The following is an article provided by HumanLab Sports Ltd. They are a company of sports specialists and scientists who have addressed the biomechanical problems experienced by top sports people, including cyclists. The solution is a Diagnostic CD that runs you through several computer generated and animated 'moves' to ascertain your range of movement and the possible causes of discomfort in your back. The result is a set of exercises designed to build up to strength work rather than plunge you into the deep end of stretching and core strength exercises. It's very clever and simple to use, here's the background story from the developers at HumanLab Sports.
The HumanLab Sports Cycling Program has been designed by experts to help you improve your cycling performance and help you improve your power from Top Dead Centre (TDC), reduce unwanted movement in the saddle and reduce the risk of injury. The programme achieves this by using advanced assessment and training techniques to help improve your flexibility, muscle performance and joint stability. Make no mistake, although these principles are used to help elite cyclists, this program takes a very simple form and is easy to follow. You just have to install it and follow the onscreen prompts to turn your cycling around.
Have you ever wondered how the elite cyclists can ride so smoothly and effortlessly, while still generating the power to cover the ground very quickly?
Clearly their technique is better than ours and we know that it’s important to see a qualified coach to ensure that you’re working on the right technique for your personal cycling peculiarities. Often though your technique is compromised by poor biomechanics, which includes lack of flexibility and inadequate strength, often from inadequacies that you don’t know that you have and your coach is not qualified or able to identify or help. Cyclists are often left thinking: “I understand what I’m being told to do, but my body just won’t do it".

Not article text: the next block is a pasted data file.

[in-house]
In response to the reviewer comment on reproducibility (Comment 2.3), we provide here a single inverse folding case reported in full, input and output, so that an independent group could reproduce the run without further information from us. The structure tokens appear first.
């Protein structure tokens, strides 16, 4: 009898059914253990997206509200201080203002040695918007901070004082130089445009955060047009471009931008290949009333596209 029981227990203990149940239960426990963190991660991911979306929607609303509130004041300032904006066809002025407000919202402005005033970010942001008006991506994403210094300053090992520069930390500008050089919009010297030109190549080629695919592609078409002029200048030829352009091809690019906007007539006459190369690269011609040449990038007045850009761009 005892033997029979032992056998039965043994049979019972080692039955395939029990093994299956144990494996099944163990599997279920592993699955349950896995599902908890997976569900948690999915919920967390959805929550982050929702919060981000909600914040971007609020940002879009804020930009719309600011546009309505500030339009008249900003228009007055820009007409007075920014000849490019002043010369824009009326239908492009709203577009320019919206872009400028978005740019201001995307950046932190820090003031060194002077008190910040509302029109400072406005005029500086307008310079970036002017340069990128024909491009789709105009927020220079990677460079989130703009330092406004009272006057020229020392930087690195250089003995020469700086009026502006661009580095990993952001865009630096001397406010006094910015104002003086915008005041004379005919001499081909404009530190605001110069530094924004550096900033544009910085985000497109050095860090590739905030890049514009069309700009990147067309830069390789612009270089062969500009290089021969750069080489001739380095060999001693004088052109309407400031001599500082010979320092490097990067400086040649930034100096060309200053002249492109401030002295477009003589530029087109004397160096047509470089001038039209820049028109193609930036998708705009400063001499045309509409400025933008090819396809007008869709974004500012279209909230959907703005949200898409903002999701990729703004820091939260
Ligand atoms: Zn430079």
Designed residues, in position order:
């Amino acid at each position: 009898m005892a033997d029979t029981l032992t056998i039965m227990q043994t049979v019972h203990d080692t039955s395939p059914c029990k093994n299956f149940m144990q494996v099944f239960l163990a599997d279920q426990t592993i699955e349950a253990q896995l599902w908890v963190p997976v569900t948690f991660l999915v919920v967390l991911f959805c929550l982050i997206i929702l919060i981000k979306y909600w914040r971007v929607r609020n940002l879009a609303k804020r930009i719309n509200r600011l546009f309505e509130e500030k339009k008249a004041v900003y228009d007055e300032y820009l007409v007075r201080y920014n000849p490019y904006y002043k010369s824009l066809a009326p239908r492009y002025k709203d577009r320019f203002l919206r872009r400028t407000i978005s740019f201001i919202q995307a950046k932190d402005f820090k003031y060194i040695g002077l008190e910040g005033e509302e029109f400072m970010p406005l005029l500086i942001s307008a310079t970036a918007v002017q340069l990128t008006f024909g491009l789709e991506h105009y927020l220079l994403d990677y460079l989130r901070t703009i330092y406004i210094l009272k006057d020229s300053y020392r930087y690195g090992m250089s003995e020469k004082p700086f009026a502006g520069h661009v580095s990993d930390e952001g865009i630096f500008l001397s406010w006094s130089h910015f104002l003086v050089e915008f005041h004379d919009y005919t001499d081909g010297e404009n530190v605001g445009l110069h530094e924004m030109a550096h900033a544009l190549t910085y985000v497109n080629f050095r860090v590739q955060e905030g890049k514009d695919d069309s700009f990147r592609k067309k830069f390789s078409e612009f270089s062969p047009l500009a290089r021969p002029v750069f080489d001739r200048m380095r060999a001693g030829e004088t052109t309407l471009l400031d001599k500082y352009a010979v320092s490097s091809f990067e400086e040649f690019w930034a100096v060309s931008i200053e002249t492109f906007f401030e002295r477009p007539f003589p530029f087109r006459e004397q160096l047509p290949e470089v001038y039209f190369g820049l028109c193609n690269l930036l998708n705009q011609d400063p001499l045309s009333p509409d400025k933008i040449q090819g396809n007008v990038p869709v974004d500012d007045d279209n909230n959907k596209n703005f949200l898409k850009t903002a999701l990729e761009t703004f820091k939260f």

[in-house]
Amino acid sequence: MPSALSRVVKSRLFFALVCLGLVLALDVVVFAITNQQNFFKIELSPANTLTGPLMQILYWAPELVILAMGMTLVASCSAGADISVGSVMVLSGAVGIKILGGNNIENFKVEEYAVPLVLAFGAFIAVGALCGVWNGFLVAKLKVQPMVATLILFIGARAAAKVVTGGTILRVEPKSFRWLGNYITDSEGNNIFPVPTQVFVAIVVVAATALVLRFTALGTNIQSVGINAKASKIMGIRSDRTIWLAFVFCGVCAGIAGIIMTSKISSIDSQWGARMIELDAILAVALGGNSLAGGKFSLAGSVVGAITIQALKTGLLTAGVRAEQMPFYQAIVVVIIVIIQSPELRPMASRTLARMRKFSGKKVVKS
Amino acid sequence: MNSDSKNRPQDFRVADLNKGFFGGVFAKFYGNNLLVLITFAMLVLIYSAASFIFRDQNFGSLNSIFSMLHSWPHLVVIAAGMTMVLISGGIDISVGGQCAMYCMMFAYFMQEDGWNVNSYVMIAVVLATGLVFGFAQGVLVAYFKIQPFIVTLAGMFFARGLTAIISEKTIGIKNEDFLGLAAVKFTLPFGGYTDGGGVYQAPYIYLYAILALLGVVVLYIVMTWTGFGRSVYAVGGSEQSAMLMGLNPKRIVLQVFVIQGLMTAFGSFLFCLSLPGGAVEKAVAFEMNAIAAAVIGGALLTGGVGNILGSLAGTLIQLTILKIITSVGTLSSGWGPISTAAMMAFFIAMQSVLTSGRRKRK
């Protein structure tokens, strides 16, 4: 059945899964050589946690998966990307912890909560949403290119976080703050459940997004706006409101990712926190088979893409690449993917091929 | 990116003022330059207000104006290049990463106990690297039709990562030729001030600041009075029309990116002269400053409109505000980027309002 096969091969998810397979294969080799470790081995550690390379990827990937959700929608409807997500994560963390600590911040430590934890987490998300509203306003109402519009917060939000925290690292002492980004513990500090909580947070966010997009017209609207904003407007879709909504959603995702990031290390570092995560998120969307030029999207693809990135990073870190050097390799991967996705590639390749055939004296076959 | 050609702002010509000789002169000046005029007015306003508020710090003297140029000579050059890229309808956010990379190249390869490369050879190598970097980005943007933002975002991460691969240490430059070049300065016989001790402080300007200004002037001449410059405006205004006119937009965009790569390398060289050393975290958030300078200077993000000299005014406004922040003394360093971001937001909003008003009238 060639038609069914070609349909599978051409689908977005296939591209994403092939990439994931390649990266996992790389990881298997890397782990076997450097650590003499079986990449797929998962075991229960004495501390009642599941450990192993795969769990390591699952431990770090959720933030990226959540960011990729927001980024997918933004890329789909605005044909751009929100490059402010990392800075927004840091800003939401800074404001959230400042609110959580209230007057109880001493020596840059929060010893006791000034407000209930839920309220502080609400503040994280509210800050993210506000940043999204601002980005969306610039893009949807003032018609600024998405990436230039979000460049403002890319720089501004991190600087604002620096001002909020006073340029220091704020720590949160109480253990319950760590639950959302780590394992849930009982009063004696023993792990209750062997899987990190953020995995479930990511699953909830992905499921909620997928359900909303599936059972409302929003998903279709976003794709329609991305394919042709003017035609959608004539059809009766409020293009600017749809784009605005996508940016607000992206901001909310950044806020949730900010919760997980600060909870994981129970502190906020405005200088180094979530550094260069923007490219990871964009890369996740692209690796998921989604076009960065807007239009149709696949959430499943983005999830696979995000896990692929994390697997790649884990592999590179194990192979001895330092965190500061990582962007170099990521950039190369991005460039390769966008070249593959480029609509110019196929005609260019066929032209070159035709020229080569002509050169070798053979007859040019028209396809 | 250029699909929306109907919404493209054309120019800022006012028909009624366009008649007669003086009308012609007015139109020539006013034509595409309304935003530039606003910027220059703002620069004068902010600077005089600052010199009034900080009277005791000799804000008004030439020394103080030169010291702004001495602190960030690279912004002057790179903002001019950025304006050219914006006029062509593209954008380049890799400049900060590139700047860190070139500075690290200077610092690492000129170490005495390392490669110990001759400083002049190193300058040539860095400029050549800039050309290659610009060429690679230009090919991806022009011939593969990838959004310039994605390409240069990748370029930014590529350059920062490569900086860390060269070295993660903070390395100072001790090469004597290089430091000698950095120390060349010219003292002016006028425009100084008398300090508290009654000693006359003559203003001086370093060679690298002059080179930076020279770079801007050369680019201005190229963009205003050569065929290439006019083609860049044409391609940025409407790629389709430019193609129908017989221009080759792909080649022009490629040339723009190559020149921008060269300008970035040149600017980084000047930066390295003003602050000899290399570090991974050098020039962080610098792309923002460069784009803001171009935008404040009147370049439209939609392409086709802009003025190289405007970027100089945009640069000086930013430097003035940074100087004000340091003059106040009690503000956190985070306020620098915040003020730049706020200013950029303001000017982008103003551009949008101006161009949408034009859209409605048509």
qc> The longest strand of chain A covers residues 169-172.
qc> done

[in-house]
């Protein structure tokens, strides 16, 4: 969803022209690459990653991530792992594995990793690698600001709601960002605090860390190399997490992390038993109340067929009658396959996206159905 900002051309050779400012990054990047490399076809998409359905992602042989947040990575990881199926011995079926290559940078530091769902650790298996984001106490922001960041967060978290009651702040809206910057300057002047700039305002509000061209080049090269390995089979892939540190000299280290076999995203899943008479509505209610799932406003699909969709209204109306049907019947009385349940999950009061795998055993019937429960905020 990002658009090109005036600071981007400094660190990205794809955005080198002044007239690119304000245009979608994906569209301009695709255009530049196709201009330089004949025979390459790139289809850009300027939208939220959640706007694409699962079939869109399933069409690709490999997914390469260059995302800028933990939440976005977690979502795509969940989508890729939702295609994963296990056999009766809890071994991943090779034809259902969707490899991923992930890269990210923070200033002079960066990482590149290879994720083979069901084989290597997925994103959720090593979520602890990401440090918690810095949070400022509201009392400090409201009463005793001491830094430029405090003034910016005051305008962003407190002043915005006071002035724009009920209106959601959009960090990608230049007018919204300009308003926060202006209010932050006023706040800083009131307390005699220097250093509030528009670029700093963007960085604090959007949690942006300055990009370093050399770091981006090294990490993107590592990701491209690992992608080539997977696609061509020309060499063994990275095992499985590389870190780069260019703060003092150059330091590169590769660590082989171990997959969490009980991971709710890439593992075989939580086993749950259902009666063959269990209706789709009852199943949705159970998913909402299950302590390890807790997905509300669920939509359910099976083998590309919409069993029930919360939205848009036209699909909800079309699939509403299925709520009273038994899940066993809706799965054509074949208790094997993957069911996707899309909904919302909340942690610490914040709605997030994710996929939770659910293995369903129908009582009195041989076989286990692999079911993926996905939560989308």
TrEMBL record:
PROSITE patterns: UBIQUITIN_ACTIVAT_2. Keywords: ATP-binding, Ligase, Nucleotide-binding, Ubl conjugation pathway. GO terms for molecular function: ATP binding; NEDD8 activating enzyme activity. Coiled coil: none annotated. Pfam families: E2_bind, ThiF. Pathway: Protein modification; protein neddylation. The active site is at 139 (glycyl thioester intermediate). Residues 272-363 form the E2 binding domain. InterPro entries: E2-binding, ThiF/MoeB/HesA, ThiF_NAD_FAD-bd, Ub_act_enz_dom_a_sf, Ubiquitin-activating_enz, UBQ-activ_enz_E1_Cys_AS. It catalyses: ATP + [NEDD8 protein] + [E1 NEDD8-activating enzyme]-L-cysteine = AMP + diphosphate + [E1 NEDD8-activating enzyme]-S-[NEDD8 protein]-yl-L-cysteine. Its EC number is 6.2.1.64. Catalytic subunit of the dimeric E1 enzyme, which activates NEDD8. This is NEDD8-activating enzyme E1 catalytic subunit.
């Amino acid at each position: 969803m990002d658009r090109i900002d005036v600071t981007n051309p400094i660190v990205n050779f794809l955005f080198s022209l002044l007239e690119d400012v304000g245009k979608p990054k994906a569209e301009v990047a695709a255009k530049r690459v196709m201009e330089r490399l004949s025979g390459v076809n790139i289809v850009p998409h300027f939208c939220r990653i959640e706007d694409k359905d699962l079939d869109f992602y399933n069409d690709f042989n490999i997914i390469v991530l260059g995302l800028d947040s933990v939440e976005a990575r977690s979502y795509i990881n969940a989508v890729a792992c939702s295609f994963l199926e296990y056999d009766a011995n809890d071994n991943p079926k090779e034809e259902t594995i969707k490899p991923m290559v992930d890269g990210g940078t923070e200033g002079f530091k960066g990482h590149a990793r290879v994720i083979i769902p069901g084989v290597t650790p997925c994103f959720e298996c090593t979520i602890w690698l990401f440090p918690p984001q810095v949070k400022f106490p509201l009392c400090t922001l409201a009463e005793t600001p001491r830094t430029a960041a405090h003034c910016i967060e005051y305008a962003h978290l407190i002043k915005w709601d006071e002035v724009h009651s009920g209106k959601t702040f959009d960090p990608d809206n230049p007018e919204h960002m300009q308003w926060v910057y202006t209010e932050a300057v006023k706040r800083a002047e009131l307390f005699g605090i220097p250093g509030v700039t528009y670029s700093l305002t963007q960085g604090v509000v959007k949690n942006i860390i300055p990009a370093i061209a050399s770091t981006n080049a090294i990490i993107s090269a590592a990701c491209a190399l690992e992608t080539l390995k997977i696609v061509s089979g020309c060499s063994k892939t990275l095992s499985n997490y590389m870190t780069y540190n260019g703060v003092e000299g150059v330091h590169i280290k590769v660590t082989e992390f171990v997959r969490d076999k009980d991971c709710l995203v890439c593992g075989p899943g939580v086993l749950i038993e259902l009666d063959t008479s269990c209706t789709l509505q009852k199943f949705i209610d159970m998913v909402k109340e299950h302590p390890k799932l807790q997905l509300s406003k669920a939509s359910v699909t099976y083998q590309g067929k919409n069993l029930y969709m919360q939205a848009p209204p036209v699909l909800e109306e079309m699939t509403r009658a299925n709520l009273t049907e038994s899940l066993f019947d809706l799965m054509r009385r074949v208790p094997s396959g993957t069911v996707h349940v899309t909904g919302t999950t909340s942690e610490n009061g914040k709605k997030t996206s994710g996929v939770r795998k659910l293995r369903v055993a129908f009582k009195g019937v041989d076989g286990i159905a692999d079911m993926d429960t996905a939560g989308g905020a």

For example, one top coach talked to us about an Olympic cyclist who had an abnormal knee rotation pattern just after TDC. Not only was this causing knee pain, but also it was very inefficient when turning on the power. He had tried to coach the problem out of the cyclist with little success. Once his biomechanics had been checked, it became apparent that the leg was 1cm longer. This caused the body to want to compensate and shorten the leg, which is the body’s natural thing to want to do to take the load off the pelvis and spine.
Unfortunately because the distance between the hip and ankle are fixed within the confines of the crank shaft length while cycling, the only way of compensating for this is at the knee and by laterally moving the hip. This is what was causing the abnormal knee movement. The assessment established that this was due to a pelvic rotation and that certain exercises would help eradicate the problem. Three weeks later the length discrepancy was no longer apparent and the knee pain reducing as well as the coach being happier with the look of the knee drive from TDC.